Bone disease (BDT) represents a prominent cause of morbidity in patients of both sexes with thalassaemia major (TM). The exact pathogenesis of BDT in TM is multifactorial, still unclear and complicated. Peak bone mass is achieved shortly after completion of puberty and normally remains stable until the third decade of life. After the age of 30 years, age related bone loss begins. Growth hormone (GH) and sex steroids have a crucial role in bone remodelling and therefore are important in helping to establish and maintain peak bone mass for both sexes. The anabolic effects of GH and IGF-1 in bone are important not only for the acquisition of bone mass during adolescence but also for the maintenance of skeletal architecture during adult life. GH deficiency is not a rare finding in adult patients with TM, thus contributing to the development of BDT. Furthermore, patients with TM are often hypogonadal, and therefore the lack of sex steroids in critical periods, such as puberty, contributes to the failure to achieve optimal peak bone mass and to maintain bone mass later in life. Sex steroids probably act by increasing the expression of RANKL by osteoblastic cells, and alterations in the RANK/RANKL/OPG system in favour of osteoclasts are characteristic in TM, where the ratio of sRANKL/OPG is increased. It is still not clear whether DEXA scan is the gold standard for determination of bone density in thalassaemics and if so, whether the WHO criteria for defining osteopenia and osteoporosis are relevant to patients with TM. The question therefore arises whether other methods should be adopted, since DEXA may often overestimate BDT in these patients. BDT in thalassaemia represents a unique clinical entity with a multifactorial aetioiogy and of complex mechanisms which need to be clarified. It is essential for us to understand the underlying mechanisms of bone destruction and the bony defect at the ultrastructural level in order to be able to design not only preventive strategies but also therapeutic measures.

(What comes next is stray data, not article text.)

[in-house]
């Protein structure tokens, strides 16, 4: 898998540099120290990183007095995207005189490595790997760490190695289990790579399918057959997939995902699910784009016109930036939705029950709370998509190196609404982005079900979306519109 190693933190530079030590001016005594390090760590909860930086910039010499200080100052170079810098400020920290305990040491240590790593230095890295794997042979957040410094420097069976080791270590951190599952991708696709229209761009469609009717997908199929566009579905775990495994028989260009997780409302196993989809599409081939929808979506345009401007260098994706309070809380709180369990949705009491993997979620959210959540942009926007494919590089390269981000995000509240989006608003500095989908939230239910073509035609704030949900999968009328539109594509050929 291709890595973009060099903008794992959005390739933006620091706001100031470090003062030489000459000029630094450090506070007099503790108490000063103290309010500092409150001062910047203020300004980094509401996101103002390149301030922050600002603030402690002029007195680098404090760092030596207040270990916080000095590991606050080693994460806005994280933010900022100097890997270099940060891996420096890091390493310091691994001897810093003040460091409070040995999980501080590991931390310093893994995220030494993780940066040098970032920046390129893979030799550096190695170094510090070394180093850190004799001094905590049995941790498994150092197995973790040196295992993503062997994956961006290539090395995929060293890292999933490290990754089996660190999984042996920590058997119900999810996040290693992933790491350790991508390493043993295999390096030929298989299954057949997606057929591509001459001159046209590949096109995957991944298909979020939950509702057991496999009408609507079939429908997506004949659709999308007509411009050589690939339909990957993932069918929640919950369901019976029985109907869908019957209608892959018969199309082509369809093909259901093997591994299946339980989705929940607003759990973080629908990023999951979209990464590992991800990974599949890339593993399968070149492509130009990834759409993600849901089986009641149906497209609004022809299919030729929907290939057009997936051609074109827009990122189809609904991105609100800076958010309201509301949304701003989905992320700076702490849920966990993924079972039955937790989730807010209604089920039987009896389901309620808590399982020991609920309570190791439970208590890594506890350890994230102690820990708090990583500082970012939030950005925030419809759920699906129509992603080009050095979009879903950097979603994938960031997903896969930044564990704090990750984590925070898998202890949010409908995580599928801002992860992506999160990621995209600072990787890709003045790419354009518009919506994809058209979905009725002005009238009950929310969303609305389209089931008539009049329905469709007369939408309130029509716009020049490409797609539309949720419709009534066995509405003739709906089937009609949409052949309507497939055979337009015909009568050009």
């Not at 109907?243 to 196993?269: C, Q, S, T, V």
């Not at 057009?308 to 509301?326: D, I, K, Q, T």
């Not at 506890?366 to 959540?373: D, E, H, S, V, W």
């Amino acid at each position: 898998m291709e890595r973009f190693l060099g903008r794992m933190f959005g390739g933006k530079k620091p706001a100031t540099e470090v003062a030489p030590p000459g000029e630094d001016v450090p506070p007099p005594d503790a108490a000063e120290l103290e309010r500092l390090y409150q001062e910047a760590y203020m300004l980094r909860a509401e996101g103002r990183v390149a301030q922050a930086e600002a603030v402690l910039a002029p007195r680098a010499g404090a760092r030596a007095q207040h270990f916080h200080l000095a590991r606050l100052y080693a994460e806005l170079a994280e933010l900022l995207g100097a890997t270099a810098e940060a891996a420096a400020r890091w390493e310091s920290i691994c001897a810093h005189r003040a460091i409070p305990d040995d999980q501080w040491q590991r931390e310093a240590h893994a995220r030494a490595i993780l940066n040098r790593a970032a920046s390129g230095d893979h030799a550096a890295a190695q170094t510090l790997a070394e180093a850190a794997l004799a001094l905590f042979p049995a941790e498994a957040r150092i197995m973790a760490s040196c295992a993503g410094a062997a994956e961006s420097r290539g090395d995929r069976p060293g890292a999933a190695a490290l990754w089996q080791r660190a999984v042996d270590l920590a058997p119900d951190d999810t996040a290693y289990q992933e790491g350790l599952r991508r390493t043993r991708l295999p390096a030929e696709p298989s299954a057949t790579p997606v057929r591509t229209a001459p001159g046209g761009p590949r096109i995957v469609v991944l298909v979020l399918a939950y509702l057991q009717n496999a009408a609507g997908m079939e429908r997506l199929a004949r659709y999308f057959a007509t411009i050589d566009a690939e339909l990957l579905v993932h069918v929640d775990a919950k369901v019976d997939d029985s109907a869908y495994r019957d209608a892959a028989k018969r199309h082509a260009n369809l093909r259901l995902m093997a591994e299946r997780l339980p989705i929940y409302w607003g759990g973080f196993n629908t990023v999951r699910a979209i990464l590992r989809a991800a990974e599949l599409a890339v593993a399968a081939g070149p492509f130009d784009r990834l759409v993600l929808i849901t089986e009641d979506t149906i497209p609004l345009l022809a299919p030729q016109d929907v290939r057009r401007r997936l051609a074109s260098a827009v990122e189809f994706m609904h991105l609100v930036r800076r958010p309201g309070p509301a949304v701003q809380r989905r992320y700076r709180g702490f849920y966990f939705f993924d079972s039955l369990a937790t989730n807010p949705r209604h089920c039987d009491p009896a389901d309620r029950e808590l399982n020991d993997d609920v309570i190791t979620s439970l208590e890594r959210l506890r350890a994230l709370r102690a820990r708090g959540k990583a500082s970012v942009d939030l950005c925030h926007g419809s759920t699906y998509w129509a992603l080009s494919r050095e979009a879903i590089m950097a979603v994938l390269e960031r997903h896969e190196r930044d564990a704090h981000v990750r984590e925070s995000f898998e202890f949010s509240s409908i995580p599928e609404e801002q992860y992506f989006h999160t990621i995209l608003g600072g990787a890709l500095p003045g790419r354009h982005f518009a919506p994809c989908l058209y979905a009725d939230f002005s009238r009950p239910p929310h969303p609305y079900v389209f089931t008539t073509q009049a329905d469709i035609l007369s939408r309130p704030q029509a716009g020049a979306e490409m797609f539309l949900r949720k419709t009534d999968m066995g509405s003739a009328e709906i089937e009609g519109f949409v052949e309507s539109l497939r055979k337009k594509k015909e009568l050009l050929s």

|Number of pages||9|
|Journal||Pediatric Endocrinology Reviews|
|Issue number||SUPPL. 1|
|Publication status||Published - Oct 2008|
- Endocrine complications